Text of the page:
Studley Royal, a very English country garden
The water gardens at Studley Royal are a striking example of the elegance of Georgian garden design. Here, in the style that was popular at the time, it is not flowers that steal the show, but water features and statuary. But what extensive water features these are!
A stroll around Fountains Abbey
In 1132 a small group of monks left their Benedictine Monastery in York, fed up with the extravagant and rowdy lifestyle of the monks there. Seeking a more devout and simple way of life, they were granted a parcel of land by the River Skell where they built a small wooden church and applied, successfully, to join the Cistercian order.
Chiloé: a place of witches and gnomes
Islands are often special places, removed as much in their culture from the mainland as they are physically separate from it. Chiloé is no exception. This is a place of soft green hills, wild coasts and homely architecture. Famed for its wooden churches, sixteen of which are UNESCO listed, its people still more than half believe in the witches, ghost ships and forest gnomes that inhabit its mythologies.
The wonders of Bulgaria’s Bachkovo Monastery
Bachkovo Monastery was for sure one of the most stunning of the many sights I saw in my short time in Bulgaria! Despite all the visitors, the atmosphere was one of tranquillity. The buildings looked so photogenic both in the drizzly weather we arrived in and the sunshine when we departed; and there was so much to see that was both interesting and beautiful.
A walk in Seville’s picturesque Triana district
Just to the west of Seville’s city centre, across the Guadalquivir river, lies Triana. This former working class neighbourhood was once home to the Escuela de Mareantes (School of Navigation) which instructed many of the famous sailors of the 15th and 16th centuries. Both Columbus and Magellan studied there before their expeditions in search of new worlds. It is famous too for its tradition of ceramic tile work and its unique style of flamenco.
A city shaped by earthquakes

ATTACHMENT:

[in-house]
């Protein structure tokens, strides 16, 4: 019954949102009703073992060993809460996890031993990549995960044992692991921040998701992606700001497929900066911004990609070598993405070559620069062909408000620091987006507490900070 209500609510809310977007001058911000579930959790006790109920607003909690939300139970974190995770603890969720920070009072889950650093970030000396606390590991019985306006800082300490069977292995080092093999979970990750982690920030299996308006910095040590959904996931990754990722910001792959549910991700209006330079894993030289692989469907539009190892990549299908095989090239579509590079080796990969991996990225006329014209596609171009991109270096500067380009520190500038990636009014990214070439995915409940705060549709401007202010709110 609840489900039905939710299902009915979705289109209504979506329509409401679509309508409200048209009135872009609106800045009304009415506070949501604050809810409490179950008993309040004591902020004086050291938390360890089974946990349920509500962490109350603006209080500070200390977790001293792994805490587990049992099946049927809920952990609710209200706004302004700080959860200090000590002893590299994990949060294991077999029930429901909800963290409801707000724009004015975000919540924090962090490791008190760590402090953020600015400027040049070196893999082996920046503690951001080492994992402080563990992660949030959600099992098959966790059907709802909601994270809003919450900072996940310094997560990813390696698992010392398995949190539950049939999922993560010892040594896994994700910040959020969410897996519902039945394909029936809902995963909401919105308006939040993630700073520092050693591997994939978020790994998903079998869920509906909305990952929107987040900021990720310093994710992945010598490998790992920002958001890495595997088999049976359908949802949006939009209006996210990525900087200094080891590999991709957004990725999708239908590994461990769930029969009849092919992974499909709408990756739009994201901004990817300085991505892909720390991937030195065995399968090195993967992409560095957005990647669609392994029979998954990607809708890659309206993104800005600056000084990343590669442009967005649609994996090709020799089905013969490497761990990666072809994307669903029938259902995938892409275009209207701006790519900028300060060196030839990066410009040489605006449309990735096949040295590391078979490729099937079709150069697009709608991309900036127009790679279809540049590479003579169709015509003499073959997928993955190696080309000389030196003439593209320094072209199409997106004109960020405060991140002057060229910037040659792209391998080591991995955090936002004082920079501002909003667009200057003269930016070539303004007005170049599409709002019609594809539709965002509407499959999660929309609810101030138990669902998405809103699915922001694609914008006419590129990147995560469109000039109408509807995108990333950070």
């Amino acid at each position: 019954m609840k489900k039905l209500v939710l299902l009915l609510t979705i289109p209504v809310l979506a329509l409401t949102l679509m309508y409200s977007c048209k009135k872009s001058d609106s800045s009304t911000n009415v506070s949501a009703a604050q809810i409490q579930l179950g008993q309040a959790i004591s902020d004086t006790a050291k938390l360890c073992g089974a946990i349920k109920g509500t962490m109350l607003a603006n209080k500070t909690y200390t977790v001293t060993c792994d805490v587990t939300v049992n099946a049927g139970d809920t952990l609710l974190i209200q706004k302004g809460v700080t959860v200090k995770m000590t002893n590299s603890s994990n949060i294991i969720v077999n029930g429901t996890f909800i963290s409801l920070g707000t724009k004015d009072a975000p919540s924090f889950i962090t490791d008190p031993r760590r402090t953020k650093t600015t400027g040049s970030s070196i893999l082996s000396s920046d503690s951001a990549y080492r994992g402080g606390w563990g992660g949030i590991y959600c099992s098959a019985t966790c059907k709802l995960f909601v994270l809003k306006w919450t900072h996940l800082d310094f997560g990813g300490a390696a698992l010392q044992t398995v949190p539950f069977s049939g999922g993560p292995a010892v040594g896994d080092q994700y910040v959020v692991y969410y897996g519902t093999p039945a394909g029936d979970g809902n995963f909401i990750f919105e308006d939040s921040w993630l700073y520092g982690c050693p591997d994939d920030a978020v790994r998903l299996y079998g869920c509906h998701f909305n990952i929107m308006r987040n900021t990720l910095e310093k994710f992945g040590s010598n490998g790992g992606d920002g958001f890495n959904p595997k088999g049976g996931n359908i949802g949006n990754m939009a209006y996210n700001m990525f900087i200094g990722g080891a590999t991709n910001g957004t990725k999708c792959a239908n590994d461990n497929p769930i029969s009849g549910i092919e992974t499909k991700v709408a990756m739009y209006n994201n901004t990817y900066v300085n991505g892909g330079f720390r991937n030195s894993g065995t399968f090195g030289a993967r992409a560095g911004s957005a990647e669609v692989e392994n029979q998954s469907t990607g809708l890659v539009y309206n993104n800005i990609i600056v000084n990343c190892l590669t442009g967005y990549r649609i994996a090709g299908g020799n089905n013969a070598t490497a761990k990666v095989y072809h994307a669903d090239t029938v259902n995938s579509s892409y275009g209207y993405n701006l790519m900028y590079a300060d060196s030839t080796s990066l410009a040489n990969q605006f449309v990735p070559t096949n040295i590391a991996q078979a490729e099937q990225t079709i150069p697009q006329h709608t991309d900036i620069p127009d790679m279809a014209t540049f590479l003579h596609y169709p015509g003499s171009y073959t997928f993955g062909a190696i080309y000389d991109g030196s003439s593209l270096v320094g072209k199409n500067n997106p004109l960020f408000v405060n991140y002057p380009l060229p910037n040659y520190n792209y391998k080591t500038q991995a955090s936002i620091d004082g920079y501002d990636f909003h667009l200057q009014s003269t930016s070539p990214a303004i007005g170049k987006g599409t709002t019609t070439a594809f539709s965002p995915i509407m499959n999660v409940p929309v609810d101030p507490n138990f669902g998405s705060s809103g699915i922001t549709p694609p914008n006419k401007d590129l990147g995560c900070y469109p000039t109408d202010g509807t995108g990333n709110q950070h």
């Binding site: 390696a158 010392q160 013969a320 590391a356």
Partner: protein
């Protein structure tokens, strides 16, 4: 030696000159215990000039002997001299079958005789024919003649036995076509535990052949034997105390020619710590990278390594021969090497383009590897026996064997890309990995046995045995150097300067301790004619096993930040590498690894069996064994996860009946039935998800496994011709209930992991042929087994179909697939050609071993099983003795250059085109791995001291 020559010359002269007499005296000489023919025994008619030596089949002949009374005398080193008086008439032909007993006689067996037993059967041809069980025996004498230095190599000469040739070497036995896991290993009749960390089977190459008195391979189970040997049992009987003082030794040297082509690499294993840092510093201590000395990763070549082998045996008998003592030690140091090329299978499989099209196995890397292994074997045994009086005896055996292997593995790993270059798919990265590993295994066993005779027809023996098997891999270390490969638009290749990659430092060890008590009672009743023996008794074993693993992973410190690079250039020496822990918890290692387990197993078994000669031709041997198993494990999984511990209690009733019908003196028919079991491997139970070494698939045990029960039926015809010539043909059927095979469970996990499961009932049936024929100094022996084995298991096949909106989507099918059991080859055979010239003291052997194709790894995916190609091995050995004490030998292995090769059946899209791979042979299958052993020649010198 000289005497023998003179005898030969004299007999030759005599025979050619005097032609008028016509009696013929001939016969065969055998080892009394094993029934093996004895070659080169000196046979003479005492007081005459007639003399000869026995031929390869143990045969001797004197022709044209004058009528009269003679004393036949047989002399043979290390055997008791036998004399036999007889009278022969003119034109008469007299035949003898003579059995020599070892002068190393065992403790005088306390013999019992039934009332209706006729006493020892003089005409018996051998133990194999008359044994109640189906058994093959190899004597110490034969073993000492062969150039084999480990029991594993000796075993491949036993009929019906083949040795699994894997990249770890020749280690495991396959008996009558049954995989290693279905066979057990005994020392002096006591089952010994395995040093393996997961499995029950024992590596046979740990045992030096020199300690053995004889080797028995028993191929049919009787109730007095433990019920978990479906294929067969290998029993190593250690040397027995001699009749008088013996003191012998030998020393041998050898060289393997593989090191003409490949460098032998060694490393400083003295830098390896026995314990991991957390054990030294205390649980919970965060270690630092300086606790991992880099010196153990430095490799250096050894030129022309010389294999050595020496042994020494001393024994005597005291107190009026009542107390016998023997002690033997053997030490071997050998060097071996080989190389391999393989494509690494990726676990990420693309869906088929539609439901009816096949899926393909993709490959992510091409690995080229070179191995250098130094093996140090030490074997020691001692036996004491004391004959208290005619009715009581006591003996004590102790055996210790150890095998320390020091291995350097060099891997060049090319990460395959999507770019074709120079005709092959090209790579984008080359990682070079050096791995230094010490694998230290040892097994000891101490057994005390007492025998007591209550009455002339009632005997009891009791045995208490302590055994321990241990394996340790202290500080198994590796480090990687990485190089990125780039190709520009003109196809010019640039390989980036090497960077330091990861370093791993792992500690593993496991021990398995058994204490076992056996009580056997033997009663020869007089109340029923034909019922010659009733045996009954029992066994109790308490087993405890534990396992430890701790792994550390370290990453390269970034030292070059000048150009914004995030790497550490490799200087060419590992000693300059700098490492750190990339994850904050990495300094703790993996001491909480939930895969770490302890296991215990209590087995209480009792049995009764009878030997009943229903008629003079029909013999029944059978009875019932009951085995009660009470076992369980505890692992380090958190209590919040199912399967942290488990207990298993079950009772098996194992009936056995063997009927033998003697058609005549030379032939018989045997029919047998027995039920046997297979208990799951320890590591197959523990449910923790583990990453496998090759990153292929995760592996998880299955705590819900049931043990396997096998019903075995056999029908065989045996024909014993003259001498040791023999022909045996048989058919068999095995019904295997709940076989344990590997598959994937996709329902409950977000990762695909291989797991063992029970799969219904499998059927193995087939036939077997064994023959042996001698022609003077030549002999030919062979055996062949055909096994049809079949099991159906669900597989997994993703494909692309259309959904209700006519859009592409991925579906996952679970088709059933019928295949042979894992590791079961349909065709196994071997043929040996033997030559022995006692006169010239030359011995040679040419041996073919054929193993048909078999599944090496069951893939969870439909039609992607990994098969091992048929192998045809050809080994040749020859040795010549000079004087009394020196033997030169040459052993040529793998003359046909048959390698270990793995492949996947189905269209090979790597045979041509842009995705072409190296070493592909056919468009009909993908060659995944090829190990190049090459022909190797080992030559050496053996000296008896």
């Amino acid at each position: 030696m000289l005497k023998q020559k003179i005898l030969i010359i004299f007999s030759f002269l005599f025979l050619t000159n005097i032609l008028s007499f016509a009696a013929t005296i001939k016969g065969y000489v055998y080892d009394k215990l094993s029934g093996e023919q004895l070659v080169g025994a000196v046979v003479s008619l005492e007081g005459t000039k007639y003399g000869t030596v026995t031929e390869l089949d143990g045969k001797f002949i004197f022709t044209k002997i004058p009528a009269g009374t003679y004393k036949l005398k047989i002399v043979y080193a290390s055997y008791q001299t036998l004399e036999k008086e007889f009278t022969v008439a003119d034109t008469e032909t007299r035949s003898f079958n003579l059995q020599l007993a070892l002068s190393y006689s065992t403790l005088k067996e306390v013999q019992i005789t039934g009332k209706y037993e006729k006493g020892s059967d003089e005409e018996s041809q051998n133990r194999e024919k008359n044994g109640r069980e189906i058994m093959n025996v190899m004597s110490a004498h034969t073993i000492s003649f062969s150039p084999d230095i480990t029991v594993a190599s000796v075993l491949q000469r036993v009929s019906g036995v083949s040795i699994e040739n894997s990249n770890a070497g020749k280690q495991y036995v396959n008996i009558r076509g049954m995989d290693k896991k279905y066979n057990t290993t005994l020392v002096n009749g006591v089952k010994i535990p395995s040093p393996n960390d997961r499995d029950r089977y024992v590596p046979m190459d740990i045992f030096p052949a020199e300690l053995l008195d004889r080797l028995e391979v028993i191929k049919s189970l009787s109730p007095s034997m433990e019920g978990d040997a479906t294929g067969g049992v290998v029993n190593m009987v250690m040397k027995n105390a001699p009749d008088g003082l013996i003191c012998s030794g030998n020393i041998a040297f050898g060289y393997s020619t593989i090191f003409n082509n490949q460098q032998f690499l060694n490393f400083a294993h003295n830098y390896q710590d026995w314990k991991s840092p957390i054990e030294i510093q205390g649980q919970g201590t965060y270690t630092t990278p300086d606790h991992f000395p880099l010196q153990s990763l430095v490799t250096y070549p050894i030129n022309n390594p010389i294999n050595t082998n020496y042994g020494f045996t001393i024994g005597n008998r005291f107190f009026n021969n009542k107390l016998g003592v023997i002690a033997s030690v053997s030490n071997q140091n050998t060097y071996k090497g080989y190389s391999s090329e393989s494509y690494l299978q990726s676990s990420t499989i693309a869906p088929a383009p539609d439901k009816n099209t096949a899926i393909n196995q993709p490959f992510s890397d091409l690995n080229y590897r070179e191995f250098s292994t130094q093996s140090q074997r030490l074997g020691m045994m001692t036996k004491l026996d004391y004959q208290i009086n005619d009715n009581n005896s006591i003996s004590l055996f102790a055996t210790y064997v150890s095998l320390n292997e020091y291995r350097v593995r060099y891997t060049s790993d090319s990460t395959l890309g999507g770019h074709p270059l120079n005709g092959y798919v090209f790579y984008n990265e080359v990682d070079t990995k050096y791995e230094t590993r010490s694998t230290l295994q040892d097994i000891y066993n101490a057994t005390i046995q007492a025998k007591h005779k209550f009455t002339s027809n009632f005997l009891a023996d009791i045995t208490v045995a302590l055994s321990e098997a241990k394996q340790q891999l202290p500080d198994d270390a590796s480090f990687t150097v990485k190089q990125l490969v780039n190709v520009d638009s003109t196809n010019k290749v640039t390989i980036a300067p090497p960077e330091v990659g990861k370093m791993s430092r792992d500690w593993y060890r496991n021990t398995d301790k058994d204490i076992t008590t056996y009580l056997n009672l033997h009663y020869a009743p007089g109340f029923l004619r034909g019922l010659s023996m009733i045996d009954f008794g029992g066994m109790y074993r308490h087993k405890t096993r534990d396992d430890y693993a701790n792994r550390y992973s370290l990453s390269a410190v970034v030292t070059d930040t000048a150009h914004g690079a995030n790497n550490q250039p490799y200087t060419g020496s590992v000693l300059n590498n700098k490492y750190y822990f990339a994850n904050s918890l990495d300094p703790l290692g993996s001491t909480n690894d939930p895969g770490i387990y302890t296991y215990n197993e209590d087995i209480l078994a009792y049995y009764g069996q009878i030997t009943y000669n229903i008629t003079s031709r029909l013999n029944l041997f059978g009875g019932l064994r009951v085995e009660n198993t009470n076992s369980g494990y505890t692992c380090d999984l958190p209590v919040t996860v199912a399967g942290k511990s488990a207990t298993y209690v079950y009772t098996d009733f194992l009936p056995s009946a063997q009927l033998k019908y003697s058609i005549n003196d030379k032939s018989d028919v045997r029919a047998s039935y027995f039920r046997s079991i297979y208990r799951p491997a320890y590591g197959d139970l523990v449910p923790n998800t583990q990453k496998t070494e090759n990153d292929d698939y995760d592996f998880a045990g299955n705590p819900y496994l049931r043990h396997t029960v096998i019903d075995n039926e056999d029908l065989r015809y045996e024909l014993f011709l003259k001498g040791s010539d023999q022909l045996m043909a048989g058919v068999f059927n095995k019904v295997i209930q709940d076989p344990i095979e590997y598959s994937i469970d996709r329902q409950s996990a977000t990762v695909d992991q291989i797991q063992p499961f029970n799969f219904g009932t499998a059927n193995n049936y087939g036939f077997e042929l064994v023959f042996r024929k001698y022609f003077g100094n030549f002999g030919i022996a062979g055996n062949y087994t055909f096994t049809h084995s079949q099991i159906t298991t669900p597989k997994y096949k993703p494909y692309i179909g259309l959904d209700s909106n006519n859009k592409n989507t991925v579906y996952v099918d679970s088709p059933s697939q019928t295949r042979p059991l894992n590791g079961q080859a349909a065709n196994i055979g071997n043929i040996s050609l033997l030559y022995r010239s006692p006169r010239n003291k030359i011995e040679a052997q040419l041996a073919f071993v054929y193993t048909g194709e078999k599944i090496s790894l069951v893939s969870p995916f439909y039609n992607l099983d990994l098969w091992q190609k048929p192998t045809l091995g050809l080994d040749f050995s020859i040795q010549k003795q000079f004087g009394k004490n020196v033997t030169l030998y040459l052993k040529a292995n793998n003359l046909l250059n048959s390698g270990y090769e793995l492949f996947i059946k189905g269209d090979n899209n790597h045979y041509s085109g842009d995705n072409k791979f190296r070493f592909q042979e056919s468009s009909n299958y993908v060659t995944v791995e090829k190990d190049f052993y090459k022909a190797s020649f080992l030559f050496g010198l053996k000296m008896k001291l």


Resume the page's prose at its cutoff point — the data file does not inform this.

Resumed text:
Antigua, or Antigua Guatemala to give it its full name, is a city shaped by the movement of the earth on which it stands. It was founded in 1543 and despite the ravages of several earthquakes and volcanic eruptions, it was for over 200 years the capital and economic centre of the whole Kingdom of Guatemala. This was a significant country, covering what today we know as southern Mexico, Guatemala, Belize, El Salvador, Honduras, Nicaragua and Costa Rica.
Asen’s Fortress and the Church of the Holy Mother of God
Asen’s Fortress is built on a cliff overlooking the Asenitsa River in Bulgaria’s Rhodope Mountains, and is impregnable on three sides. It isn’t surprising therefore that there has been a fortification here since the time of the Thracians, who fortified it in the 5th century BC. The fortress was rebuilt during the time of the Roman Emperor Justinian as one of a series of fortresses erected to defend the Empire against invasions by Slavic tribes.
Traditional textiles in San Antonio Palopo
There is something a little bit different about San Antonio Palopo, one of the smaller villages on Lake Atitlàn. Most of the villages in this part of Guatemala are Tz'utujil, where bright reds and embroidered flowers are the preferred shades for huipiles, the traditional embroidered blouses. But the people of this village are Cakchiquel Maya; and almost without exception every woman and girl wears the same lovely shades of blue in narrow vertical stripes.
The Square of Religious Tolerance in Sofia
Sofia is the only city in Europe where you will find places of worship for four major religions almost within sight of each other. Clustered in the vicinity of its Square of Tolerance are: an Eastern Orthodox church; a Roman Catholic cathedral; a mosque and a synagogue. This embodies the pride that Bulgarians have in their history of religious tolerance. Unlike some other countries in the region, its different faith communities have tended to coexist peacefully.
The Abbot’s Kitchen at Glastonbury Abbey
While the monks of Glastonbury may have taken a vow of poverty and lived a life of abstinence and poverty, the abbot lived in a vastly different style. He had a magnificent house, as befitted the abbot of the second richest abbey in the country. His kitchen needed to be able to cater to the many great visitors who came to the abbey, including Henry VII.